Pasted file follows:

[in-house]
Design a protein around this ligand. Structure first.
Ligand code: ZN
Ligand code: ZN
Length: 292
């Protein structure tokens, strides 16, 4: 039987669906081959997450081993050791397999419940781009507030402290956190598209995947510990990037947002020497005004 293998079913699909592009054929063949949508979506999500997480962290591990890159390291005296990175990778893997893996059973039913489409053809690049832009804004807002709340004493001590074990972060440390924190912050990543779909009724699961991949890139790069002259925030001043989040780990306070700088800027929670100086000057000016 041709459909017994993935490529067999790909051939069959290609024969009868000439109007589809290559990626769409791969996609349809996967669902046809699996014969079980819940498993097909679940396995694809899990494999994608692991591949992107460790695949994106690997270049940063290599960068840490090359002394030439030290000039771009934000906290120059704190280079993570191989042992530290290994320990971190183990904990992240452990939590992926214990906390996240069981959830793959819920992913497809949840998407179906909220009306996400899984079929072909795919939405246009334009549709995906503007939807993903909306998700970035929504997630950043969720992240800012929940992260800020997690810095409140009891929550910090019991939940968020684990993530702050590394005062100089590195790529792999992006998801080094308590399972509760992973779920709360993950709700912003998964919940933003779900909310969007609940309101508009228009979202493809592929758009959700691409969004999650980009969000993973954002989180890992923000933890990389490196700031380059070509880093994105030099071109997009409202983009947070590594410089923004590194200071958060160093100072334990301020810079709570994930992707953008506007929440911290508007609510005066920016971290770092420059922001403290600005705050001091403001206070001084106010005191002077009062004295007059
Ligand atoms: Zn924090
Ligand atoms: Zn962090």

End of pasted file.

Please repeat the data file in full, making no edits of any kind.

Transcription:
[in-house]
Design a protein around this ligand. Structure first.
Ligand code: ZN
Ligand code: ZN
Length: 292
């Protein structure tokens, strides 16, 4: 039987669906081959997450081993050791397999419940781009507030402290956190598209995947510990990037947002020497005004 293998079913699909592009054929063949949508979506999500997480962290591990890159390291005296990175990778893997893996059973039913489409053809690049832009804004807002709340004493001590074990972060440390924190912050990543779909009724699961991949890139790069002259925030001043989040780990306070700088800027929670100086000057000016 041709459909017994993935490529067999790909051939069959290609024969009868000439109007589809290559990626769409791969996609349809996967669902046809699996014969079980819940498993097909679940396995694809899990494999994608692991591949992107460790695949994106690997270049940063290599960068840490090359002394030439030290000039771009934000906290120059704190280079993570191989042992530290290994320990971190183990904990992240452990939590992926214990906390996240069981959830793959819920992913497809949840998407179906909220009306996400899984079929072909795919939405246009334009549709995906503007939807993903909306998700970035929504997630950043969720992240800012929940992260800020997690810095409140009891929550910090019991939940968020684990993530702050590394005062100089590195790529792999992006998801080094308590399972509760992973779920709360993950709700912003998964919940933003779900909310969007609940309101508009228009979202493809592929758009959700691409969004999650980009969000993973954002989180890992923000933890990389490196700031380059070509880093994105030099071109997009409202983009947070590594410089923004590194200071958060160093100072334990301020810079709570994930992707953008506007929440911290508007609510005066920016971290770092420059922001403290600005705050001091403001206070001084106010005191002077009062004295007059
Ligand atoms: Zn924090
Ligand atoms: Zn962090």